Another option is the film The Call of the Mountain: Arne Naess and the Deep Ecology Movement (1997), which offers an interesting portrait of the man, his philosophy and the movement. Filmmaker Jan van Boeckel teamed up with Arne Næss himself to capture the spirit of the philosopher in his natural habitat, the mountains of Norway.

Regardless of what medium you choose to use, studying Næss is always a good place to start when you want to awaken or reawaken your relationship with nature.

First published in The Mindful Word

Catching life

Recently, I bought a boxset with the Television series Twin Peaks and David Lynch’s book Catching the Big Fish

“Ideas are like fish”, Lynch writes. “If you want a little fish, you can stay in the shallow water. But if you want to catch the big fish, you’ve got to go deeper.” It is well-known that Lynch uses transcendental meditation to go deeper. Everything there is, comes from the deepest level, he says, which modern physics call the Unified Field.  “The more your consciousness—your awareness—is expanded, the deeper you go towards this source, and the bigger the fish you can catch.”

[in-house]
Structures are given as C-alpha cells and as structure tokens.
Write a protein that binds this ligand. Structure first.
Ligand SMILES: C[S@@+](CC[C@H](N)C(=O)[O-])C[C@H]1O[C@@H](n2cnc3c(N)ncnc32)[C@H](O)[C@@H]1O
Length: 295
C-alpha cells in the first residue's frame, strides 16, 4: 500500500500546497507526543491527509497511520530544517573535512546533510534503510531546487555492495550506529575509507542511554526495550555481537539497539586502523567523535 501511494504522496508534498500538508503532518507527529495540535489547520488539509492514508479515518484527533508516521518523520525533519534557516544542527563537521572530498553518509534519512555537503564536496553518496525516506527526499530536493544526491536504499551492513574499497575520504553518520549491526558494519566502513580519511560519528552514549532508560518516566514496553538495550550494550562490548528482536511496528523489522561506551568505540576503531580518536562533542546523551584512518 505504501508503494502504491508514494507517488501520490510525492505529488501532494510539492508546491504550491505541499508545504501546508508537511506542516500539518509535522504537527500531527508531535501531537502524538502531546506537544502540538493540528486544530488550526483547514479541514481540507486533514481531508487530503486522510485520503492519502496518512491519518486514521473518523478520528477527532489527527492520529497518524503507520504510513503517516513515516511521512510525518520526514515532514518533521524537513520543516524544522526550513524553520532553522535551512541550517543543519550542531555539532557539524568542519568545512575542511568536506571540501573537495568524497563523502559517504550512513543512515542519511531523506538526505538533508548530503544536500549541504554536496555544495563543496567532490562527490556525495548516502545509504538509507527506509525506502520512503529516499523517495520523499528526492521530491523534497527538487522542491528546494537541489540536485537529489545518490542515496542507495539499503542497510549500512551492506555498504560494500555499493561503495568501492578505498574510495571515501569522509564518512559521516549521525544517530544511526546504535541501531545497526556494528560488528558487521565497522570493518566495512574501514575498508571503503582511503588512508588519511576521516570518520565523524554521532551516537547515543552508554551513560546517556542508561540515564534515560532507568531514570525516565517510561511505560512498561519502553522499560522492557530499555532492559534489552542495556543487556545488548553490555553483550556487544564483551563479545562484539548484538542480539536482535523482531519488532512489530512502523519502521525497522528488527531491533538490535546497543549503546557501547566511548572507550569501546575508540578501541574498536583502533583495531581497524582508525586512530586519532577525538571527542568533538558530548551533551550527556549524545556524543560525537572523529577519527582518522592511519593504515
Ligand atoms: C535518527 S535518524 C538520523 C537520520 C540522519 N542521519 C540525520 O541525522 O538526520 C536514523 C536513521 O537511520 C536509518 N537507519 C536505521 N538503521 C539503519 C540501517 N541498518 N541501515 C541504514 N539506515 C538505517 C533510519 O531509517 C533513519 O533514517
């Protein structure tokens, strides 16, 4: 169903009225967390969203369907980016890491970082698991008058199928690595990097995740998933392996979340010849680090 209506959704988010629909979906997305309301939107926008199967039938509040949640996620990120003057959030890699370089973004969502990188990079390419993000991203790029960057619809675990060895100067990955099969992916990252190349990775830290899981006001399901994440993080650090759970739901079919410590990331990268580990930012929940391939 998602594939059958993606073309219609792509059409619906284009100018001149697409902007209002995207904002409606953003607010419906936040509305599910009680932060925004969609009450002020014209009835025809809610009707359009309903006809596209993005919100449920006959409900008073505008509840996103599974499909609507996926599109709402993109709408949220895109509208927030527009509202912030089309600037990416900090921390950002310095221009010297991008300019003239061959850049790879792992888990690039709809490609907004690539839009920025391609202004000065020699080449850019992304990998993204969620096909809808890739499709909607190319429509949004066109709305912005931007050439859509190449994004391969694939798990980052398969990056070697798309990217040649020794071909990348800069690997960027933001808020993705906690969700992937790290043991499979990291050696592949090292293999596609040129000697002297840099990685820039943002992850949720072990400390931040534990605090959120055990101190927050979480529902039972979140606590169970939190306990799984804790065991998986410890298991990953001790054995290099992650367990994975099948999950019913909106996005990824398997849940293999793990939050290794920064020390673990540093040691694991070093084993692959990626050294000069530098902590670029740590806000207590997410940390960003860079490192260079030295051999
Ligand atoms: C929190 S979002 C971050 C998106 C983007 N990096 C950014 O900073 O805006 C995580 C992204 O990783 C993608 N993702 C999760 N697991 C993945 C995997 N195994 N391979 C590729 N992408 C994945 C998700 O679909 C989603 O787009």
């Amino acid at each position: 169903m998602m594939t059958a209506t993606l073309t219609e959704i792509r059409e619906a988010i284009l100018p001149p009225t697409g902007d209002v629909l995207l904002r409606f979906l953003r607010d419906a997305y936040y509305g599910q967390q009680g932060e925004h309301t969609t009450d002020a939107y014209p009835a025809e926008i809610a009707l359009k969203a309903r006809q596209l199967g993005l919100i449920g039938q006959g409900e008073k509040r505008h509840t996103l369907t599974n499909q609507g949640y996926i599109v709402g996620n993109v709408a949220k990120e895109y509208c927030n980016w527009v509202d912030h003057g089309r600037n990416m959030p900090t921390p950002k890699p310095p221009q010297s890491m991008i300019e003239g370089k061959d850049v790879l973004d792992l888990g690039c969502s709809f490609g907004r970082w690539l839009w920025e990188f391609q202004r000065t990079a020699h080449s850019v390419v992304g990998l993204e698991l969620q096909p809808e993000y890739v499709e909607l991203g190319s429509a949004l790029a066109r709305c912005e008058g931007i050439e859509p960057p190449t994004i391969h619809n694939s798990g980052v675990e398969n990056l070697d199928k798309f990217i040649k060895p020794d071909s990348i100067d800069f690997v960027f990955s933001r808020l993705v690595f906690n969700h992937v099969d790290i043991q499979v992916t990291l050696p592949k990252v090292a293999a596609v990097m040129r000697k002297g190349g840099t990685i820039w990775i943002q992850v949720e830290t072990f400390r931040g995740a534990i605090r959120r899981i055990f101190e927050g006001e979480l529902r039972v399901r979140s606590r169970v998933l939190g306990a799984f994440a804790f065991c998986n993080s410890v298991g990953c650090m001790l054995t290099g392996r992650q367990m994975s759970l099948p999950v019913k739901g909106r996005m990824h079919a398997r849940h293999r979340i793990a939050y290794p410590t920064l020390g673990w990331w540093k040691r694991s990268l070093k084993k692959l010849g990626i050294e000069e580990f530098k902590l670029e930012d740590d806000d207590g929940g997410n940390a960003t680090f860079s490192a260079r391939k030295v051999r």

Reading this little book while watching Twin Peaks was illuminating. For example, the series opens with the log women speaking and telling us what it’s all about, she ends up saying: “Laura is the one.” 

She, Laura Palmer, is the Unified Field. Everything that happens in Twin Peaks, is related to her: Laura Palmer. 

The whole series is drawing a map of a complex totality as a way of gradually going deeper and deeper. For example, in later episodes, the log women speaks about dreams and ideas. The FBI special agent Dale Coper often gets his ideas, or clear up a misunderstanding, in his dreams, perhaps as an illustration of the “hidden” potential that lies deep within – something unconscious, something still unknown, waiting to actualized.

I recall seeing the series when I lived in small town (some years younger than the young bunch of main characters, some of which I found both cool and very attractive back then). Twin Peaks caught my attention like no other series had before (and not like anyone else had until I saw the first season of True Detective). 

Lynch, reminds me of the Danish poet and film instructor Jørgen Leth, who I once wrote a book about. (I encountered Leth’s poems and films more or less at the same time, I saw Twin Peaks). Leth is also semi-inspired by a humble philosophy where you’re open for whatever happens; you take it, whatever it is, and use it as good as you can. In continuation of Leth (and later with the Chilean writer Roberto Bolaño), I’ve tried to develop a poetic and attentive philosophy, where the senses are all active